(9.) Nichols v. Azteca Restaurant Enterprises, Inc., 256 F.3d 864, 874–75 (9th Cir. 2001).
(10.) Nichols, 256 F.3d at 875 n.7.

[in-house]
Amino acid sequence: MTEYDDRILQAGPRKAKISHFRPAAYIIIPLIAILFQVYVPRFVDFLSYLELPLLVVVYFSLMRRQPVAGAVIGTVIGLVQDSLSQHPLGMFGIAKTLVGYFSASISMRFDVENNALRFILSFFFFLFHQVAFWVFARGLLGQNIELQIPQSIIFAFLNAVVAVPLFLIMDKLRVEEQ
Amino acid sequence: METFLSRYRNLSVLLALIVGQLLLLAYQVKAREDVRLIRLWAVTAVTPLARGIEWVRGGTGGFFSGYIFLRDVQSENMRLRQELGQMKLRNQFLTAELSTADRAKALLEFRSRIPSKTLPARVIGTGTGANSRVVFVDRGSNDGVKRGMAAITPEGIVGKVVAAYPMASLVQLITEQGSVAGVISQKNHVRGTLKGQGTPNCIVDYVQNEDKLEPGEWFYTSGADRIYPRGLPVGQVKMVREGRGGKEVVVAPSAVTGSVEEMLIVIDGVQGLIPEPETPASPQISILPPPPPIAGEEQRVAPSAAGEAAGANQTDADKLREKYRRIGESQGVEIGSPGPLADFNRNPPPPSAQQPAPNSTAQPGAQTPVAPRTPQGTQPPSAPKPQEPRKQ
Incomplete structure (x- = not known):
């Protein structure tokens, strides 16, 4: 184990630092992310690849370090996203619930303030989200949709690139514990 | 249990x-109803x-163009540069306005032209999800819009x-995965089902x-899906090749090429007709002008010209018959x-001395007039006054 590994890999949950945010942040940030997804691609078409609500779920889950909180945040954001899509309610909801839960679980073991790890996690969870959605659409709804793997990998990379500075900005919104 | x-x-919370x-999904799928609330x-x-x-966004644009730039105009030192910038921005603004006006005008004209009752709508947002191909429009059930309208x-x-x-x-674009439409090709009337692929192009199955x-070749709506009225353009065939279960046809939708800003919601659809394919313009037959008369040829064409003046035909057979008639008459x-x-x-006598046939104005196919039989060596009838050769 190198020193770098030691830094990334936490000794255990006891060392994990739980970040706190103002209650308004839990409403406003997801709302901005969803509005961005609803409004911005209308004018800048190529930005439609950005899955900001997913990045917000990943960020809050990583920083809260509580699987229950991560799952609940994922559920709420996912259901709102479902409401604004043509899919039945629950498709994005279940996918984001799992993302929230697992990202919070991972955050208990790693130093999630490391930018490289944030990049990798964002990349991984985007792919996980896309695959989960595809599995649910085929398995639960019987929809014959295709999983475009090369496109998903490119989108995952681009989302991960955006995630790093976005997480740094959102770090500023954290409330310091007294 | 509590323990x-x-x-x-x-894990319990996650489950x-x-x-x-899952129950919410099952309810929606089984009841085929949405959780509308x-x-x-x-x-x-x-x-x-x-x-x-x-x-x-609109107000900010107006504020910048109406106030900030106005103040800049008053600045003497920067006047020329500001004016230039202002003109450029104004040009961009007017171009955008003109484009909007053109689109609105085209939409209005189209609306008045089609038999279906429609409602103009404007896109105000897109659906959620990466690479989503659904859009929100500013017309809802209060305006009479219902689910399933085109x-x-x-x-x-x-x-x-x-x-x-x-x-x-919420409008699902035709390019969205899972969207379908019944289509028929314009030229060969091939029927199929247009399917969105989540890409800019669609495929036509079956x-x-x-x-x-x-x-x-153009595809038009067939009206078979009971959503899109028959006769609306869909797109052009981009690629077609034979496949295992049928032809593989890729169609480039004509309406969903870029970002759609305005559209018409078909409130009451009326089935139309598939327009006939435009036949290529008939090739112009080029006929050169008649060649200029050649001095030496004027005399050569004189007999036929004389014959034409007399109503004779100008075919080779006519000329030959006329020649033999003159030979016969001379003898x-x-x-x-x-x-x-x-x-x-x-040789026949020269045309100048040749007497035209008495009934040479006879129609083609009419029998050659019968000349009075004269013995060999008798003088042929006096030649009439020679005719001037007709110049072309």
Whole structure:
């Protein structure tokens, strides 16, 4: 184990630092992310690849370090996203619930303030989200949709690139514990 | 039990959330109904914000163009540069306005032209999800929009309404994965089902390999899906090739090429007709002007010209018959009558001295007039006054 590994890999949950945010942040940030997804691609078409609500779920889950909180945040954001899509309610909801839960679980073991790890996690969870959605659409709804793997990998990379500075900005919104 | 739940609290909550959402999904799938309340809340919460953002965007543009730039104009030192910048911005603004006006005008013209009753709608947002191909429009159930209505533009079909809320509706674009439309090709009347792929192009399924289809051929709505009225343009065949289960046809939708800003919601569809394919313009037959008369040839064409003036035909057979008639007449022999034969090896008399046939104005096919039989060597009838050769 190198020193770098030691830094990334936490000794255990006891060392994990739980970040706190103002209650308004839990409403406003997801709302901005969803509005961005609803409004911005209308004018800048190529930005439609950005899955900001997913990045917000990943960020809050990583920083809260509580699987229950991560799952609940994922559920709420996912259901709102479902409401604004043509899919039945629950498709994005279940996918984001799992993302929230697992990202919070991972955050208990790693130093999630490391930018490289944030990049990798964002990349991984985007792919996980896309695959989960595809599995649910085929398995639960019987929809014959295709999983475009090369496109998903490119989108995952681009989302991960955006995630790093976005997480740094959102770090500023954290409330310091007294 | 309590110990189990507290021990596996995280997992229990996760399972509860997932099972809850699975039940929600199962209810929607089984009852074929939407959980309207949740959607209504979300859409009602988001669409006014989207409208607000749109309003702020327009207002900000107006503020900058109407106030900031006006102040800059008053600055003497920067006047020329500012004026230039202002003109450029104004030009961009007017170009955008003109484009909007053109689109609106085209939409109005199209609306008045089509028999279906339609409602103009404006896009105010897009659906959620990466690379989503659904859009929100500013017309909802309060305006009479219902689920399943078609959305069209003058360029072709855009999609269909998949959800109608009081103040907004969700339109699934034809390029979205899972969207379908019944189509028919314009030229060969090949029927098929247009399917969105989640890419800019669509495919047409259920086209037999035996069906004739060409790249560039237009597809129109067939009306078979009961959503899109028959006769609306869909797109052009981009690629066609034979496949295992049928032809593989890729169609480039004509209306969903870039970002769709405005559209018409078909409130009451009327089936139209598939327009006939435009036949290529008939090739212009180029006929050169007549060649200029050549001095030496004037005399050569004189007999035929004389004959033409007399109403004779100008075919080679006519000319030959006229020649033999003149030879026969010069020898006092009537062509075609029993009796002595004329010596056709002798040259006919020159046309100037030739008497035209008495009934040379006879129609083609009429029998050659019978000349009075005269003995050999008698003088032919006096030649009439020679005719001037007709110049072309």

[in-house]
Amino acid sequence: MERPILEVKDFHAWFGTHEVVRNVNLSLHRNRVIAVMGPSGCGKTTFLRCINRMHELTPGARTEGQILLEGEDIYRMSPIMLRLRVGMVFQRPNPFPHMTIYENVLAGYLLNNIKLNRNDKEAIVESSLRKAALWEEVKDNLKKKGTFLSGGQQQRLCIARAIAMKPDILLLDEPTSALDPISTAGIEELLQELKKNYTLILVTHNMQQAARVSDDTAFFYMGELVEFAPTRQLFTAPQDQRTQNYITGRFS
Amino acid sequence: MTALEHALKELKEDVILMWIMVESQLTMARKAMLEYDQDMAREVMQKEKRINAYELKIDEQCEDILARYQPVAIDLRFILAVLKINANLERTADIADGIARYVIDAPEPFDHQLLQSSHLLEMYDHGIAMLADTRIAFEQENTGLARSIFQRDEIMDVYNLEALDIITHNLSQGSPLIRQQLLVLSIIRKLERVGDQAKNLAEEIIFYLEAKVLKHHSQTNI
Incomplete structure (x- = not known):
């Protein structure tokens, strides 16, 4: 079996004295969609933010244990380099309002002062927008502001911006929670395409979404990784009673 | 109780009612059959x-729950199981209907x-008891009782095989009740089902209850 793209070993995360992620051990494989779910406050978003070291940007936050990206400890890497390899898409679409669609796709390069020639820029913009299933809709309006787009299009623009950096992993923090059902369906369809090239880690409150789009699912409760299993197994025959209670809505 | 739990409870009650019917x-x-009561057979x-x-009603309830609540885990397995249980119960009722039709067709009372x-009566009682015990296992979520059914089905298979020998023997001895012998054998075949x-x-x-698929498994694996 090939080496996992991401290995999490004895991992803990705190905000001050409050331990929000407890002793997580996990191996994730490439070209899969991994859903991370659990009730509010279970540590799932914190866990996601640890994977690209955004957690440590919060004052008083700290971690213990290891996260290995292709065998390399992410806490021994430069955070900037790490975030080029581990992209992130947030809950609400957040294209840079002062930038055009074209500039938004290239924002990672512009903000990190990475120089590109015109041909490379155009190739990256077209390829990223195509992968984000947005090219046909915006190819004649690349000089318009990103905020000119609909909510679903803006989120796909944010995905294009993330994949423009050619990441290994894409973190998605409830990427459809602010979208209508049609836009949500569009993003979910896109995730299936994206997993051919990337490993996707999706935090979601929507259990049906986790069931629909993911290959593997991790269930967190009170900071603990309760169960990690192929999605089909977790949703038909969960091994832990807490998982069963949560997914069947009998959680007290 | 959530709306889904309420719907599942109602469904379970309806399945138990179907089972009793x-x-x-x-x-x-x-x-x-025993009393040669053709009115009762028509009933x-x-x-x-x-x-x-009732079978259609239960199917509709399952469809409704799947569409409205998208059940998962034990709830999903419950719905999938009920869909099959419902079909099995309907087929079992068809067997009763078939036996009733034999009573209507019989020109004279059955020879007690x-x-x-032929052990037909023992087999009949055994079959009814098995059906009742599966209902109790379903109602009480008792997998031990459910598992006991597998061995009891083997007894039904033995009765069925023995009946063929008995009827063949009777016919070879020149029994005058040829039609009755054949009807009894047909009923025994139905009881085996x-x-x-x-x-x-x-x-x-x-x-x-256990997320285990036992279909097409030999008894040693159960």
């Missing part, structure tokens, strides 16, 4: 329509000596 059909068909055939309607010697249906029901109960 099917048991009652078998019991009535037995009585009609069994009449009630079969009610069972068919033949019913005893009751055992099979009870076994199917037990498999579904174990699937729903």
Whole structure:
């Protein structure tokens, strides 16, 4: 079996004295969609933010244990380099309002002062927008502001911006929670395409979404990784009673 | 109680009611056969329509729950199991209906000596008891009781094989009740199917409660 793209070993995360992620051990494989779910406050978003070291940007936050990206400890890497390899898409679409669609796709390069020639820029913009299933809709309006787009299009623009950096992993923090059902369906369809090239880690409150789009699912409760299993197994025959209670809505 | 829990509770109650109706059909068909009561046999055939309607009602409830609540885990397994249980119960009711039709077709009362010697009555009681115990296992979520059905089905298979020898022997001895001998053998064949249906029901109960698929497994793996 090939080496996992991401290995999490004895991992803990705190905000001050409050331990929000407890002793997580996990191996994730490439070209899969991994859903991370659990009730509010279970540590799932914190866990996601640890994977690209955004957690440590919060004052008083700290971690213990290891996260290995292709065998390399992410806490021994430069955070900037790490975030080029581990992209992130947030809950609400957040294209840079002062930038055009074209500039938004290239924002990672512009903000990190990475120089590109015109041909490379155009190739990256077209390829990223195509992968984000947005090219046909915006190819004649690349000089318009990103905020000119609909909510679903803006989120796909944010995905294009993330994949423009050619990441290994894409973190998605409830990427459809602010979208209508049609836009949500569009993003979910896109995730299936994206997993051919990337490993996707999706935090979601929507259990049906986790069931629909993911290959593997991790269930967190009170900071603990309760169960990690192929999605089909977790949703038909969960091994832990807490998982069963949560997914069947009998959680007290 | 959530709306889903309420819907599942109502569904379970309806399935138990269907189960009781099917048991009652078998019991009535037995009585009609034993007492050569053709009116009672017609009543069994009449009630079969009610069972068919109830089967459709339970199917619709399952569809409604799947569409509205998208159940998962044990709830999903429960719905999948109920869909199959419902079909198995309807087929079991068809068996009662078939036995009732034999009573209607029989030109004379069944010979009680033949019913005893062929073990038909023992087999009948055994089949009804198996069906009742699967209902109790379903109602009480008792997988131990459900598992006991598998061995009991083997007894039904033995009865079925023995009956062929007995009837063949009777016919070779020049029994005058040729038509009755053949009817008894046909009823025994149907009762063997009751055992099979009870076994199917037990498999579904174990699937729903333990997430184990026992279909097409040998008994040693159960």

(11.) As Lucinda Finley asked more than twenty years ago: “Rather than blaming women and their nature for their underrepresentation in the high paying jobs, why not reexamine the jobs and their values?” Lucinda M. Finley, “Choice and Freedom: Elusive Issues in the Search for Gender Justice,” 96 Yale Law Journal 914, 939 (1987) (reviewing David L. Kirp, Mark G. Yudof, and Marlene Strong Franks, Gender Justice (Chicago: University of Chicago Press, 1986)). See also Kathryn Abrams, “Gender Discrimination and the Transformation of Workplace Norms,” 42 Vanderbilt Law Review 1183, 1223–25 (1989) (“If women with children are to attain equality in the workplace, then we must challenge the notion of a natural or pre-ordained line dividing work and family…. Employers will have to determine which jobs or tasks can be shared or accomplished through flexible scheduling, granting fringe benefits to part-time workers, and re-educate clients to greater confidence in the new arrangements.”); Laura T. Kessler, “The Attachment Gap: Employment Discrimination Law; Women’s Cultural Caregiving, and the Limits of Economic and Liberal Legal Theory,” 34 University of Michigan Journal of Law Reform 371, 372–73 (2001) (“Women, more so than men, perform the unpaid family caregiving work within our society…. The American workplace and discrimination laws governing (p.227) employment have yet to address seriously this profound existential difference between men and women with regard to caregiving, despite women’s substantial presence in the paid labor force for more than two decades.”); Case, “Disaggregating Gender from Sex and Sexual Orientation,” 4 (“Discrimination against the feminine is likely to have a disparate impact on women, who are disproportionately likely to be feminine and not masculine; it should be permitted only if job-related and justified by business necessity.”).